Autonomous vehicles have already shown their worth in consumer and enterprise markets, and the military might be the next sector to see the advantages of a driverless system.

The Army’s Tank Automotive Research, Development, and Engineering Center (TARDEC) and Michigan Department of Transportation announced on Thursday plans to test army tanks and jeeps fitted with Car-2-X communication on the Interstate 69 freeway.

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Car-2-X has been deployed inside the Mercedes-Benz E-Class earlier this year. It is a short-range radio communication that allows cars to talk to one another, signalling traffic jams, oncoming cars, and accidents.

The communications tech also lets cars talk to road sensors, which could say how many non-military cars have drove past a checkpoint in the past 24 hours. That may be useful in hostile areas like Afghanistan, where road bombs are commonplace.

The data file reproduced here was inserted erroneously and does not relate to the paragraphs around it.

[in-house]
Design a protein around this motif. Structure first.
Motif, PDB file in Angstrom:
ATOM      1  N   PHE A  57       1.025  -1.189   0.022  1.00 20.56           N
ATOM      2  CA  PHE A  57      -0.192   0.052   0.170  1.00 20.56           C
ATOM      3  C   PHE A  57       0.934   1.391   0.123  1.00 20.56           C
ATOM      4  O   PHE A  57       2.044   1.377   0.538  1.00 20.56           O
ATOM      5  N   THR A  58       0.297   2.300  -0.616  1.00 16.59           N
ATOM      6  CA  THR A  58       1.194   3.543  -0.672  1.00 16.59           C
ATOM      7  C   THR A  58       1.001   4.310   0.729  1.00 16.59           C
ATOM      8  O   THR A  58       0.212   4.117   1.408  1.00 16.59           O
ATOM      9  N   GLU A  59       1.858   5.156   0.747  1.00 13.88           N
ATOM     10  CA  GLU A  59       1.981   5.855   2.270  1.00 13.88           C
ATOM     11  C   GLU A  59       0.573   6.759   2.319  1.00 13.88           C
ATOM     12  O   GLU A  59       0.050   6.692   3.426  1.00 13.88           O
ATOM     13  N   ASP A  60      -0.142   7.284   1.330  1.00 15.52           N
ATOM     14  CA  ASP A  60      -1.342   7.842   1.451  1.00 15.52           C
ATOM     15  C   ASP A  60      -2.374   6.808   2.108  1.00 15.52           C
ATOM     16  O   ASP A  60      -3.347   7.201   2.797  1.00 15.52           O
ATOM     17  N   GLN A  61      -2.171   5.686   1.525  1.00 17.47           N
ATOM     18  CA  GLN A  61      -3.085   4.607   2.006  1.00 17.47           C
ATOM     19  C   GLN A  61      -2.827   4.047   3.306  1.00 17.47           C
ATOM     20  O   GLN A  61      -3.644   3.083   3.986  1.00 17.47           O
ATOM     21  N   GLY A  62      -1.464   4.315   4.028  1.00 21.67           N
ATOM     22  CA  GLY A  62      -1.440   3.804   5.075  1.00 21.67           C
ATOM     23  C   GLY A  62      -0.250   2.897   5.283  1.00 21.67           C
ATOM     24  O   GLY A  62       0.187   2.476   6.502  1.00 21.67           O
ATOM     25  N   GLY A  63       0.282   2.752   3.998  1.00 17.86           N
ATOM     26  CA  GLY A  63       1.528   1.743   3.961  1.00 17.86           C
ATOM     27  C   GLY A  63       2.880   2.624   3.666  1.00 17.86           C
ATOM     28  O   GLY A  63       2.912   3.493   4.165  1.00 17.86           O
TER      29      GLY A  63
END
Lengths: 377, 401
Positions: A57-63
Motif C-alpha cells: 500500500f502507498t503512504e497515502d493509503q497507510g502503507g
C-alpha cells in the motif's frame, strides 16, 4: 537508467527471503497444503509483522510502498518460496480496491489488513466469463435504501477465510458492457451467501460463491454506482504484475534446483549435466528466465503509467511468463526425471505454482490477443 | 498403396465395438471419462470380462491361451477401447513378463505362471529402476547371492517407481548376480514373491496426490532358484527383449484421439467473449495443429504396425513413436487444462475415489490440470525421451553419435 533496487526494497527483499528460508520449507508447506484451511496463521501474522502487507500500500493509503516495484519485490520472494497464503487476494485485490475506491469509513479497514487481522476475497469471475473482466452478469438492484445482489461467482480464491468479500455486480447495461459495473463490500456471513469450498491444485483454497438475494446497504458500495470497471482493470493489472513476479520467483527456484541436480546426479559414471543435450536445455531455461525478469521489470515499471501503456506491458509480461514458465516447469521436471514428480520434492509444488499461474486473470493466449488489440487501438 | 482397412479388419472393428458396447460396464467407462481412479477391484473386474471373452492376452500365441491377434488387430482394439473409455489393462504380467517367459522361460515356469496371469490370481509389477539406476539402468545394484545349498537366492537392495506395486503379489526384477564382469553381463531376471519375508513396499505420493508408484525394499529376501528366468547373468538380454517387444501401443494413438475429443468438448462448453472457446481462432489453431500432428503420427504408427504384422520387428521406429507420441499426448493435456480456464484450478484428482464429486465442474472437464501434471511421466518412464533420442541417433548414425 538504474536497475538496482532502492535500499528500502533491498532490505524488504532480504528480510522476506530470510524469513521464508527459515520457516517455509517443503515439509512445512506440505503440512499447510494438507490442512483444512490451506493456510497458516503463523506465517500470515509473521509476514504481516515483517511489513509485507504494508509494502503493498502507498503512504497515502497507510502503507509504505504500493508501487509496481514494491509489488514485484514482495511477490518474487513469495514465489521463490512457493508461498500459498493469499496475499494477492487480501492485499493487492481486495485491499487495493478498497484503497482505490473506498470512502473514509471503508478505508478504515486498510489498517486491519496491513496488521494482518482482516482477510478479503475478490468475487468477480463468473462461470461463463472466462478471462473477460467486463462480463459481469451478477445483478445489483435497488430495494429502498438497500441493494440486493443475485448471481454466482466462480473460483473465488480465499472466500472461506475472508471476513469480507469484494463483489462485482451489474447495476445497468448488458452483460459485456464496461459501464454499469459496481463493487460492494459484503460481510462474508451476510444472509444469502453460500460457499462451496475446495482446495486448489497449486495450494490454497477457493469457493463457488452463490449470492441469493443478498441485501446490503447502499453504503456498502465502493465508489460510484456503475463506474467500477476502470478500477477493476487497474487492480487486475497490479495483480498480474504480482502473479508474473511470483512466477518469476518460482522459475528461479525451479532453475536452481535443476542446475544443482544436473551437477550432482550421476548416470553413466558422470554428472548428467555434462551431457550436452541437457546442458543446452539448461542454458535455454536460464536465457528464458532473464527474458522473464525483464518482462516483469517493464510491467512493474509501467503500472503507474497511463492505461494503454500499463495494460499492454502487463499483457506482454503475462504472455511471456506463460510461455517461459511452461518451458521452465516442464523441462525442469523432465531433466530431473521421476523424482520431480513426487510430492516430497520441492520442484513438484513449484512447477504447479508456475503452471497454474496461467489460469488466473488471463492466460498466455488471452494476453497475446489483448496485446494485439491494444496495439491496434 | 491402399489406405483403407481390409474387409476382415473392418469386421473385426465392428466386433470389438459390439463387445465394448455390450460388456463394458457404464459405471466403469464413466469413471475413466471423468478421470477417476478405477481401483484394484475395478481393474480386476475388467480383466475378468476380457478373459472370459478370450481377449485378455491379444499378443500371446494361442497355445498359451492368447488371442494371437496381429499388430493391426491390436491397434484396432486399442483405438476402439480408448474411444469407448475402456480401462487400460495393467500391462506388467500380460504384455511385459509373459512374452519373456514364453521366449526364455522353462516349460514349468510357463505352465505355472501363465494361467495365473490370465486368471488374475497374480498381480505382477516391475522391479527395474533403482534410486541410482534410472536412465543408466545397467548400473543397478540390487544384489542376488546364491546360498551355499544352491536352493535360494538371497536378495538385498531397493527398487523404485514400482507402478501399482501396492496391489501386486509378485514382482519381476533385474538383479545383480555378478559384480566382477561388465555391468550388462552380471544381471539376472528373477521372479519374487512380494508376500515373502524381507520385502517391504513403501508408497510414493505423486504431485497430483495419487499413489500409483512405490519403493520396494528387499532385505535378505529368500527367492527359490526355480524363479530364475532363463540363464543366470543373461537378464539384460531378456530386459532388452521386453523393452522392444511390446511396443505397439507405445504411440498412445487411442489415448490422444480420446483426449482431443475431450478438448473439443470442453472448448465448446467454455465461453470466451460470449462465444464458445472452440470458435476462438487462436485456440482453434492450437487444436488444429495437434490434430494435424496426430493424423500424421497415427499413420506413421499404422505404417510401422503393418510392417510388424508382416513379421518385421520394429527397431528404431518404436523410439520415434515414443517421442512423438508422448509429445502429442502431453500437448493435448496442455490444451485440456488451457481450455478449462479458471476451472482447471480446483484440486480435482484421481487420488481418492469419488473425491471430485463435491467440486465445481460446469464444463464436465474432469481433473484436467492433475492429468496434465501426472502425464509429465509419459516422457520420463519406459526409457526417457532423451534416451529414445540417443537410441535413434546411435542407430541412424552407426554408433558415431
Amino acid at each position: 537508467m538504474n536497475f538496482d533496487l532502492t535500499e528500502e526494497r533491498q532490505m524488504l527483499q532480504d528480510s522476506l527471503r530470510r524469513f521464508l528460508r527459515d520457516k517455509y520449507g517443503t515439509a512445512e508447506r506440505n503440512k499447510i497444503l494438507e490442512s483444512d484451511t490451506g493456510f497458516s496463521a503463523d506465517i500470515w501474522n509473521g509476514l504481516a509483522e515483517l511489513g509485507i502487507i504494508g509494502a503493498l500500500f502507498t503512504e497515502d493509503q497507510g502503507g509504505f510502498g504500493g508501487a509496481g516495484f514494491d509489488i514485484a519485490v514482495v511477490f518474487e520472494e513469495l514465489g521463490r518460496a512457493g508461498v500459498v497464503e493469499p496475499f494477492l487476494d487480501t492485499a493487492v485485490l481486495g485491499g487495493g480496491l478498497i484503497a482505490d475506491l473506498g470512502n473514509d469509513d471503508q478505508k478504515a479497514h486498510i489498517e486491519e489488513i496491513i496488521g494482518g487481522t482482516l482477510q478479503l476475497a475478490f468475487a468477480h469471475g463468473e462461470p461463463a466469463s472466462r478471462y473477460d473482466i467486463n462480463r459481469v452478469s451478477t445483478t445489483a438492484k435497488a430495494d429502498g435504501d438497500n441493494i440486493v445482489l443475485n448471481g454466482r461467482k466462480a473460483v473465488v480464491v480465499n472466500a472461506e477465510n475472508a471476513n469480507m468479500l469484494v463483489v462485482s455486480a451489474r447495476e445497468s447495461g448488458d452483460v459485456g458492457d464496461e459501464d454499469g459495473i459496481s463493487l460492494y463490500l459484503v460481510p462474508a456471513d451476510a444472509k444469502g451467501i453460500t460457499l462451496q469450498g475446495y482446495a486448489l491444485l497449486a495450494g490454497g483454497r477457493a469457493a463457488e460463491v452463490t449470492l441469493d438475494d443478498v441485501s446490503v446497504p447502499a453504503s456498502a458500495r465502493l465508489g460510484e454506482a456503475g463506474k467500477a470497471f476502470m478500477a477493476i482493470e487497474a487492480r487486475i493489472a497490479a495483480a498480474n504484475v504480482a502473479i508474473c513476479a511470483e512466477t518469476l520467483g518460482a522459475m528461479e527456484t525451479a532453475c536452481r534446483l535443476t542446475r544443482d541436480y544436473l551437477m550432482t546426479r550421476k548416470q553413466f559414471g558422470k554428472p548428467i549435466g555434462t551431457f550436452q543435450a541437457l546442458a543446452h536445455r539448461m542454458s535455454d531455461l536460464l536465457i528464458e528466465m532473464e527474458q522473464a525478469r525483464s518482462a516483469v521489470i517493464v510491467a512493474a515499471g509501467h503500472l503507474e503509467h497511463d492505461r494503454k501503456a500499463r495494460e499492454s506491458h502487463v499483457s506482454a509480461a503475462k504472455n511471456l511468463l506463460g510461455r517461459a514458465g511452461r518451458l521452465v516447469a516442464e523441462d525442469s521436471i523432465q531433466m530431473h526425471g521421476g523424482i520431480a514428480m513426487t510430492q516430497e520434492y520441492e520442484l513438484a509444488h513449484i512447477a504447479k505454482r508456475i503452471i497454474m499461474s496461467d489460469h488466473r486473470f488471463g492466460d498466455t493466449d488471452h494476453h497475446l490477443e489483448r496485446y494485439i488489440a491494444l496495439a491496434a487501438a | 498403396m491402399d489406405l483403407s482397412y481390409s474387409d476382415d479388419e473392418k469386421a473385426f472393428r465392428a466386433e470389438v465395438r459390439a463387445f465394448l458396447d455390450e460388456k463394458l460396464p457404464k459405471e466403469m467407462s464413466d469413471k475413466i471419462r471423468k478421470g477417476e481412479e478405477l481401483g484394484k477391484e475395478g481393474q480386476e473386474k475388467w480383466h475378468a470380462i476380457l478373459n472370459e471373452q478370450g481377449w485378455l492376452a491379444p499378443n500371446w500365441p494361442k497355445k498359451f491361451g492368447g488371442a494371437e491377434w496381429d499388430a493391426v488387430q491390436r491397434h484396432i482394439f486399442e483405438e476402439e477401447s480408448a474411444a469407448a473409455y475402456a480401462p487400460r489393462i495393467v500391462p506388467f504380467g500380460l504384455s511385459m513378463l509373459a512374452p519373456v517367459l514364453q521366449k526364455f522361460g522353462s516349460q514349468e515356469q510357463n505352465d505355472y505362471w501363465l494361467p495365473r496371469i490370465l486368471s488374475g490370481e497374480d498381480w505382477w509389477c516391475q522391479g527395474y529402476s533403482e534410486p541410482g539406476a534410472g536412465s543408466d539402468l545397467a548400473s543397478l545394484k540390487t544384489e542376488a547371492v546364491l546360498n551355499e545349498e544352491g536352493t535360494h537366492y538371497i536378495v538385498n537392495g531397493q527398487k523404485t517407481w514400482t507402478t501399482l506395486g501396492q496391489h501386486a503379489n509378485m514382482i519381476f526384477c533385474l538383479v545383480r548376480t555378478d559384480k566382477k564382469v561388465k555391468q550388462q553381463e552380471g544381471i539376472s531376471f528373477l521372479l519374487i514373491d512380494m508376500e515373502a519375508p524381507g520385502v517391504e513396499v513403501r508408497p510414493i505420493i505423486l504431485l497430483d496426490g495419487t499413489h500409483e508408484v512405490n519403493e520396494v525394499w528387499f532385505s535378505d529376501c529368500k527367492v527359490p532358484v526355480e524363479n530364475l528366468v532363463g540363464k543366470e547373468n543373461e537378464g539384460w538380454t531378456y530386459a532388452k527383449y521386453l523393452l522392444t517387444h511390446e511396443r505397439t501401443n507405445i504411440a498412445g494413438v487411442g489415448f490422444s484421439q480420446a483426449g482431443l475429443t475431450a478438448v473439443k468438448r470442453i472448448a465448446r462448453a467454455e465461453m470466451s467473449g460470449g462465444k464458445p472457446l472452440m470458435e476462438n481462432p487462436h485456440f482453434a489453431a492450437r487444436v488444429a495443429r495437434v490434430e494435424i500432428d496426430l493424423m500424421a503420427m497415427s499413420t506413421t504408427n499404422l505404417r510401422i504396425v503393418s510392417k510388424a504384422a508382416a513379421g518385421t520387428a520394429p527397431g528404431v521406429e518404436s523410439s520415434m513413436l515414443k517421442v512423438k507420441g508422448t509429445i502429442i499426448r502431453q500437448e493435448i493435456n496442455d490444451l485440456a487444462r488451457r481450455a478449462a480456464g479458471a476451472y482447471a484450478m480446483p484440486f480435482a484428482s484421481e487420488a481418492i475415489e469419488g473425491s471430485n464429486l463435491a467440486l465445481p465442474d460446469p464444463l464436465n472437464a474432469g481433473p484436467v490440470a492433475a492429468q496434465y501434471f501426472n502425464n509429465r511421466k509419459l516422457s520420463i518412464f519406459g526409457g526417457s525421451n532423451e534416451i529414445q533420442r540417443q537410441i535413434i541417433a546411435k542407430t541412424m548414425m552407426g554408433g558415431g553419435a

Military beginning tests soon

The Army will begin tests in the next few days, driving four trucks down the I-69. Human drivers will be in control of the trucks to start, but data from Car-2-X will be used to make its self-driving system more sophisticated.

Doug Halleaux, public affairs officer for TARDEC, said in the next few years he hopes to see the military test autonomous platoon trucks.

Autonomous trucks could reduce fatalities on the road in hostile locations. In places like Syria, the trucks could be used to send supplies to Syrian refugees or Iraqi fighters, without the threat of a potential Isis attack killing U.S. soldiers or U.N. peacekeepers.

It is a bit worrying what the military may create once it can automate tech and use artificial intelligence, considering the devastation of drone strikes in the Middle East over the past five years. Hopefully, the new tech can be put towards lowering the civilian casualty rate in these countries, rather than escalate it.